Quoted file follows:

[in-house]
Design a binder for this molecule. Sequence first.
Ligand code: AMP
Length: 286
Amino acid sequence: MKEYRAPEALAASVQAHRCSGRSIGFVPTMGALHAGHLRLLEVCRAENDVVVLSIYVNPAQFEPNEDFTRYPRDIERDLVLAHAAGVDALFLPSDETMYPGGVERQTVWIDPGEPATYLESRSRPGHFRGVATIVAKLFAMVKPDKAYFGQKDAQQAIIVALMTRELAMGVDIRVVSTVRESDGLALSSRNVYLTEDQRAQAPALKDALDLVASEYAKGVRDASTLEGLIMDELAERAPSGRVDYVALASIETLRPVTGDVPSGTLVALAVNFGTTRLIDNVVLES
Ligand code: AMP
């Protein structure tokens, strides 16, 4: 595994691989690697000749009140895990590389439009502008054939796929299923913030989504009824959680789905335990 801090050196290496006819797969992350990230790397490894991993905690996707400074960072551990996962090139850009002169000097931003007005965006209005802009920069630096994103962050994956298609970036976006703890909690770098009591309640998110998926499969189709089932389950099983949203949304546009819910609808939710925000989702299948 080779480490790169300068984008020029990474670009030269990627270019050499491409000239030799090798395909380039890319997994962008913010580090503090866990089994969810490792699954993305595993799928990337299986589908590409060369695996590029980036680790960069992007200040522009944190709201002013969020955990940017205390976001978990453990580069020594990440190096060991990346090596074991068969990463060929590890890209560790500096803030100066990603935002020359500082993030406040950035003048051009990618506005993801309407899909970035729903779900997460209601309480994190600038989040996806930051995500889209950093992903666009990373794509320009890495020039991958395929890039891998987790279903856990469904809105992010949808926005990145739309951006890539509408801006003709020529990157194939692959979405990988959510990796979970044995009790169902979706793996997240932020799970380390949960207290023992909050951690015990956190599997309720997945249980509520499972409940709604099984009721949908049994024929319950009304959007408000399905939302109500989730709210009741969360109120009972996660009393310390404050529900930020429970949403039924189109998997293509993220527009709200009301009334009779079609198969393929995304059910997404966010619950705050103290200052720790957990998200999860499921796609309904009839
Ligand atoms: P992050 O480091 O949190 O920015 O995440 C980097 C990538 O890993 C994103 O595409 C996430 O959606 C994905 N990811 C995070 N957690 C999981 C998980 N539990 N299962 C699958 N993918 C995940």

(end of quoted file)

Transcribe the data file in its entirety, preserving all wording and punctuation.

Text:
[in-house]
Design a binder for this molecule. Sequence first.
Ligand code: AMP
Length: 286
Amino acid sequence: MKEYRAPEALAASVQAHRCSGRSIGFVPTMGALHAGHLRLLEVCRAENDVVVLSIYVNPAQFEPNEDFTRYPRDIERDLVLAHAAGVDALFLPSDETMYPGGVERQTVWIDPGEPATYLESRSRPGHFRGVATIVAKLFAMVKPDKAYFGQKDAQQAIIVALMTRELAMGVDIRVVSTVRESDGLALSSRNVYLTEDQRAQAPALKDALDLVASEYAKGVRDASTLEGLIMDELAERAPSGRVDYVALASIETLRPVTGDVPSGTLVALAVNFGTTRLIDNVVLES
Ligand code: AMP
């Protein structure tokens, strides 16, 4: 595994691989690697000749009140895990590389439009502008054939796929299923913030989504009824959680789905335990 801090050196290496006819797969992350990230790397490894991993905690996707400074960072551990996962090139850009002169000097931003007005965006209005802009920069630096994103962050994956298609970036976006703890909690770098009591309640998110998926499969189709089932389950099983949203949304546009819910609808939710925000989702299948 080779480490790169300068984008020029990474670009030269990627270019050499491409000239030799090798395909380039890319997994962008913010580090503090866990089994969810490792699954993305595993799928990337299986589908590409060369695996590029980036680790960069992007200040522009944190709201002013969020955990940017205390976001978990453990580069020594990440190096060991990346090596074991068969990463060929590890890209560790500096803030100066990603935002020359500082993030406040950035003048051009990618506005993801309407899909970035729903779900997460209601309480994190600038989040996806930051995500889209950093992903666009990373794509320009890495020039991958395929890039891998987790279903856990469904809105992010949808926005990145739309951006890539509408801006003709020529990157194939692959979405990988959510990796979970044995009790169902979706793996997240932020799970380390949960207290023992909050951690015990956190599997309720997945249980509520499972409940709604099984009721949908049994024929319950009304959007408000399905939302109500989730709210009741969360109120009972996660009393310390404050529900930020429970949403039924189109998997293509993220527009709200009301009334009779079609198969393929995304059910997404966010619950705050103290200052720790957990998200999860499921796609309904009839
Ligand atoms: P992050 O480091 O949190 O920015 O995440 C980097 C990538 O890993 C994103 O595409 C996430 O959606 C994905 N990811 C995070 N957690 C999981 C998980 N539990 N299962 C699958 N993918 C995940």